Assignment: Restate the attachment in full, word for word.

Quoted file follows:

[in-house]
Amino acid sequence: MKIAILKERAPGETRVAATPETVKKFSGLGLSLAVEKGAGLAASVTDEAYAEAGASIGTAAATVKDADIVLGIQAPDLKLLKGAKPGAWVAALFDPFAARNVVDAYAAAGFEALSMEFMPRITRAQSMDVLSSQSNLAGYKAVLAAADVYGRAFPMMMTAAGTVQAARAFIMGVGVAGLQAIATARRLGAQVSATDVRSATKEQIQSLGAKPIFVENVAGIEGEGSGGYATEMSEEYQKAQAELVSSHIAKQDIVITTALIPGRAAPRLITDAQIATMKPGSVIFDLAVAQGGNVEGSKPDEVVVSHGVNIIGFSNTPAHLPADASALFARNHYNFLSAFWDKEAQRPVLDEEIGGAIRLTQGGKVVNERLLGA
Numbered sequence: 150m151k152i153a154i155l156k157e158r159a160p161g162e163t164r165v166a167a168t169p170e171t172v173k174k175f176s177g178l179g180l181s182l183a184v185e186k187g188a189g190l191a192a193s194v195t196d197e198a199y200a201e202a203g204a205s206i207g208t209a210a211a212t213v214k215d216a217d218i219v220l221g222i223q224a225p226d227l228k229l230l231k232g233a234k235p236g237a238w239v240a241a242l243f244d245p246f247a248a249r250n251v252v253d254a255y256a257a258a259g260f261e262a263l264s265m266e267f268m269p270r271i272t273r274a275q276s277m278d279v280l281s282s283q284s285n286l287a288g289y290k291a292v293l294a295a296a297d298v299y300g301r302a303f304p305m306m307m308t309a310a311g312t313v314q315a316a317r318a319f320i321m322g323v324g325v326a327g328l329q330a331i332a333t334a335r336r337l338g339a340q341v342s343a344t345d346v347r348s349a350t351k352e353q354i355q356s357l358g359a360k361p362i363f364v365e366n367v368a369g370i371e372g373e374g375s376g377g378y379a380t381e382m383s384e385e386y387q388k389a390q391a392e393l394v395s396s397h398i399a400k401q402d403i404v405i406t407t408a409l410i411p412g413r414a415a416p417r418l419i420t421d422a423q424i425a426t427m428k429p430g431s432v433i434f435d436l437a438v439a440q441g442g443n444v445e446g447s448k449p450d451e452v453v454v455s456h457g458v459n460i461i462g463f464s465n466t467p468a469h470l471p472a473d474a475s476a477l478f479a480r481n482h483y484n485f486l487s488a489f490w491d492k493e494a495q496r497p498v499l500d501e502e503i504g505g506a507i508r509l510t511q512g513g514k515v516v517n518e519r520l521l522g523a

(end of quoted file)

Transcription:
[in-house]
Amino acid sequence: MKIAILKERAPGETRVAATPETVKKFSGLGLSLAVEKGAGLAASVTDEAYAEAGASIGTAAATVKDADIVLGIQAPDLKLLKGAKPGAWVAALFDPFAARNVVDAYAAAGFEALSMEFMPRITRAQSMDVLSSQSNLAGYKAVLAAADVYGRAFPMMMTAAGTVQAARAFIMGVGVAGLQAIATARRLGAQVSATDVRSATKEQIQSLGAKPIFVENVAGIEGEGSGGYATEMSEEYQKAQAELVSSHIAKQDIVITTALIPGRAAPRLITDAQIATMKPGSVIFDLAVAQGGNVEGSKPDEVVVSHGVNIIGFSNTPAHLPADASALFARNHYNFLSAFWDKEAQRPVLDEEIGGAIRLTQGGKVVNERLLGA
Numbered sequence: 150m151k152i153a154i155l156k157e158r159a160p161g162e163t164r165v166a167a168t169p170e171t172v173k174k175f176s177g178l179g180l181s182l183a184v185e186k187g188a189g190l191a192a193s194v195t196d197e198a199y200a201e202a203g204a205s206i207g208t209a210a211a212t213v214k215d216a217d218i219v220l221g222i223q224a225p226d227l228k229l230l231k232g233a234k235p236g237a238w239v240a241a242l243f244d245p246f247a248a249r250n251v252v253d254a255y256a257a258a259g260f261e262a263l264s265m266e267f268m269p270r271i272t273r274a275q276s277m278d279v280l281s282s283q284s285n286l287a288g289y290k291a292v293l294a295a296a297d298v299y300g301r302a303f304p305m306m307m308t309a310a311g312t313v314q315a316a317r318a319f320i321m322g323v324g325v326a327g328l329q330a331i332a333t334a335r336r337l338g339a340q341v342s343a344t345d346v347r348s349a350t351k352e353q354i355q356s357l358g359a360k361p362i363f364v365e366n367v368a369g370i371e372g373e374g375s376g377g378y379a380t381e382m383s384e385e386y387q388k389a390q391a392e393l394v395s396s397h398i399a400k401q402d403i404v405i406t407t408a409l410i411p412g413r414a415a416p417r418l419i420t421d422a423q424i425a426t427m428k429p430g431s432v433i434f435d436l437a438v439a440q441g442g443n444v445e446g447s448k449p450d451e452v453v454v455s456h457g458v459n460i461i462g463f464s465n466t467p468a469h470l471p472a473d474a475s476a477l478f479a480r481n482h483y484n485f486l487s488a489f490w491d492k493e494a495q496r497p498v499l500d501e502e503i504g505g506a507i508r509l510t511q512g513g514k515v516v517n518e519r520l521l522g523a